Top 7 sleep tips: use the time change to jumpstart healthier sleep habits

Nov. 3, 2017
Good sleep habits lead to better health. Photo: Getty Images.

Exhaustion and problems getting enough sleep top the list of concerns that Dr. Michael Dewey and other primary care providers hear from their patients.

During the fall time change, you get to score an extra hour of sleep. At 2 a.m., you can “fall back” an hour or adjust your clock from 2 a.m. to 1 a.m., and go back to sleep. Of course, there’s no need to rise in the middle of night and change your clocks.

But, you can use the time change and that extra hour of sleep to renew your commitment to getting a better night’s sleep.

A Colorado native and family medicine doctor, Dewey cares for patients at the UCHealth Family Medicine Clinic in Westminster.

Dr. Dewey grew up in Conifer close to the mountains. He loves cycling, snowboarding and hiking. He and his wife, Jessica, have a young son and daughter.

Dr. Michael Dewey of UCHealth Family Medicine in Westminster, enjoys hiking with his daughter, Eliza. Dr. Dewey says lifestyle changes, like getting enough exercise, can make a big difference in getting better sleep.

Sleep deprivation among new parents like the Deweys can be a challenge. But all of us can boost our health by getting a better night’s sleep. Lack of sleep has been linked to diverse health problems from obesity to Alzheimer’s.

Many patients assume medications are the best path to a good night’s sleep. But, Dewey said behavioral changes can have a far greater impact. For about 90 percent of patients, good sleep hygiene can make all the difference.

“We all lead very busy lives and for a lot of people, it’s hard to find time for themselves. We say, ‘I’ll just stay up an extra hour. I’ll get one more thing done.’”

But, says Dewey, “you have to prioritize yourself and take care of yourself.”

A commitment to getting enough sleep is a cornerstone of good health.

Nine times out of 10, Dewey says tinkering with your diet, exercise regimen and your sleep hygiene can fix sleep problems.

Even better, good sleep habits can have lasting impacts while medications only promote short-term fixes. What’s more, researchers are finding that people get deeper, higher-quality sleep when they rest naturally versus relying on sleep medications.

So, do yourself a favor and use this weekend as a springboard for better sleep. Here are Dr. Dewey’s top 7 tips for getting a better night’s sleep.

Top sleep tips:

  • Maintain a regular sleep schedule. Go to bed and get up at about the same time every day, including on weekends.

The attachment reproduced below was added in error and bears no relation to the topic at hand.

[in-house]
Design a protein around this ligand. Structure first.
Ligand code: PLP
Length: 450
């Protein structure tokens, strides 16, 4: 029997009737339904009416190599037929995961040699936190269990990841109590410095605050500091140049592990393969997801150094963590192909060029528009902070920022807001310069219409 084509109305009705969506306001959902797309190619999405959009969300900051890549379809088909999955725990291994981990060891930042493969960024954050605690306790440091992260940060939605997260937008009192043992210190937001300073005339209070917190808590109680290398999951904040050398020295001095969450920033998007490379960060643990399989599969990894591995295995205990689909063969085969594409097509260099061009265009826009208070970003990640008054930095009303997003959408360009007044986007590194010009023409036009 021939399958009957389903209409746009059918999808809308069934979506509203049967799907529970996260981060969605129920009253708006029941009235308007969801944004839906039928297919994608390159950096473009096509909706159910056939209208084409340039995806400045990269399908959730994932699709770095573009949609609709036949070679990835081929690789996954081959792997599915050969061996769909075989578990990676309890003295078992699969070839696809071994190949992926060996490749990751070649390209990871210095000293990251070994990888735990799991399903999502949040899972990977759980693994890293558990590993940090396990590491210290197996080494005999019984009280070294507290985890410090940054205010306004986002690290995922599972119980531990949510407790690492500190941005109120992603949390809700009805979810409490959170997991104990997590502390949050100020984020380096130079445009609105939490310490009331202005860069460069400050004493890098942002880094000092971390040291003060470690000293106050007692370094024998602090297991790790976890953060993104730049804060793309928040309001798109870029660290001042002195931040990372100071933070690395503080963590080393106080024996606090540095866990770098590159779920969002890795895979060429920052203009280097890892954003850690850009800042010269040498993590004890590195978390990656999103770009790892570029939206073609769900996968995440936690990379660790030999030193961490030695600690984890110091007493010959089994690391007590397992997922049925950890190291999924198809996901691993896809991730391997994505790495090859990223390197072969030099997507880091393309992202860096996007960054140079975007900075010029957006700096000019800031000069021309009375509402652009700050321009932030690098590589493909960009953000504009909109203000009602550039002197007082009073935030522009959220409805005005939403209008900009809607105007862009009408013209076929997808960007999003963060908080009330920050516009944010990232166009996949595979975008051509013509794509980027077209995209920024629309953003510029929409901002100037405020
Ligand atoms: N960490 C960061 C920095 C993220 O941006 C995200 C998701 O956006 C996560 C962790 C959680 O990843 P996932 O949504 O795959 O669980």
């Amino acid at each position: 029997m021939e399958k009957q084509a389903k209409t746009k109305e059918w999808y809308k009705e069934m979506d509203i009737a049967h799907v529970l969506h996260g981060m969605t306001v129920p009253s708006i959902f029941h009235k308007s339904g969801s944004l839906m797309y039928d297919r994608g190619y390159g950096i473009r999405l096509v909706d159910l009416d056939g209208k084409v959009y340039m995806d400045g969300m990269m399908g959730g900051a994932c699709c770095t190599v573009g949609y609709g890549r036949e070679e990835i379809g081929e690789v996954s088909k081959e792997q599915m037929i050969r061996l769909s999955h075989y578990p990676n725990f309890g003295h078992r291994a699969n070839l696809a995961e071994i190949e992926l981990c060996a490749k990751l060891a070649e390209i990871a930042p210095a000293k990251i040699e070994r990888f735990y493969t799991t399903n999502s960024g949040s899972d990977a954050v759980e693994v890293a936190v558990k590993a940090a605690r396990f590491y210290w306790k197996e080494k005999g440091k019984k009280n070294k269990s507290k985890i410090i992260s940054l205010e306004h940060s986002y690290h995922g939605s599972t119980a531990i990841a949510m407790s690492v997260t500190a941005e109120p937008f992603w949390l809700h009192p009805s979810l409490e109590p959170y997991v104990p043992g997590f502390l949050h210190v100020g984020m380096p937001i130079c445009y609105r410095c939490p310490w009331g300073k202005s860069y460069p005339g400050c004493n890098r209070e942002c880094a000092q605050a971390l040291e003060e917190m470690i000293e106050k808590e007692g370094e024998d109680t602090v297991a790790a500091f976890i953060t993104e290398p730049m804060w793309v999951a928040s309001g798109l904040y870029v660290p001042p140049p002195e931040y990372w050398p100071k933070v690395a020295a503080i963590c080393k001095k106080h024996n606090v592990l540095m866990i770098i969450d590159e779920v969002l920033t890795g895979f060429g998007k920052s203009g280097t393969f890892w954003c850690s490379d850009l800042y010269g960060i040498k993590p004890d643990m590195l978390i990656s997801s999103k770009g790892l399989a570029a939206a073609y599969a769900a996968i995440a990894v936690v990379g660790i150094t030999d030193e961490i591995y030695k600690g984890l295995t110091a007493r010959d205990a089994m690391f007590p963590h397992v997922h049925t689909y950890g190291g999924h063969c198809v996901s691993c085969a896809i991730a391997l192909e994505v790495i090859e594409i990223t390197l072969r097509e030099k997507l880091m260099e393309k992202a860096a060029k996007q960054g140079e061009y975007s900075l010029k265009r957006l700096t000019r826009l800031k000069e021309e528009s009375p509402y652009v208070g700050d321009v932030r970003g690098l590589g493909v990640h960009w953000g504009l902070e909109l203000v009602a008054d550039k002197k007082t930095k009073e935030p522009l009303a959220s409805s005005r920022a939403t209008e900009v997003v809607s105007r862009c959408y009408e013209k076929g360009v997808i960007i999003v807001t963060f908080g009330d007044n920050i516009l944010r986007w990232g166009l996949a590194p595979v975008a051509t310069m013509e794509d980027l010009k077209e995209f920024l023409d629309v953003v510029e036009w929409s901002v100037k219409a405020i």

• Avoid exposure to light-emitting devices, like laptops, phones, TVs and computers for at least 30 minutes before going to sleep.
  • Create an atmosphere that promotes sleep in your bedroom. Keep the temperature cool. Keep the room dark and quiet and make your room a device-free oasis.
  • Get regular exercise, but avoid exercising within 2 hours of going to bed.
  • Watch your caffeine intake and avoid caffeine after noon.
  • Try relaxation techniques such as deep breathing and progressive muscle relaxation.
  • If you are having regular difficulty getting enough sleep, discuss your sleep challenges with your health care provider.

The UCHealth Family Medicine Clinic in Westminster provides care for patients of all ages. To reach Dr. Dewey or any of the other providers in Westminster, please call 720-848-9400 or visit the clinic’s website.

About the author

Katie Kerwin McCrimmon is a proud Colorado native. She attended Colorado College, thanks to a merit scholarship from the Boettcher Foundation, and worked as a park ranger in Rocky Mountain National Park during summer breaks from college. She is also a storyteller. She loves getting to know UCHealth patients and providers and sharing their inspiring stories.

Katie spent years working as a journalist at the Rocky Mountain News and was a finalist with a team of reporters for the Pulitzer Prize for their coverage of a deadly wildfire in Glenwood Springs in 1994. Katie was the first reporter in the U.S. to track down and interview survivors of the tragic blaze, which left 14 firefighters dead.

She covered an array of beats over the years, including the environment, politics, education and criminal justice. She also loved covering stories in Congress and at the U.S. Supreme Court during a stint as the Rocky’s reporter in Washington, D.C.

Katie then worked as a reporter for an online health news site before joining the UCHealth team in 2017.

Katie and her husband Cyrus, a Pulitzer Prize-winning photographer, have three children. The family loves traveling together anywhere from Glacier National Park to Cuba.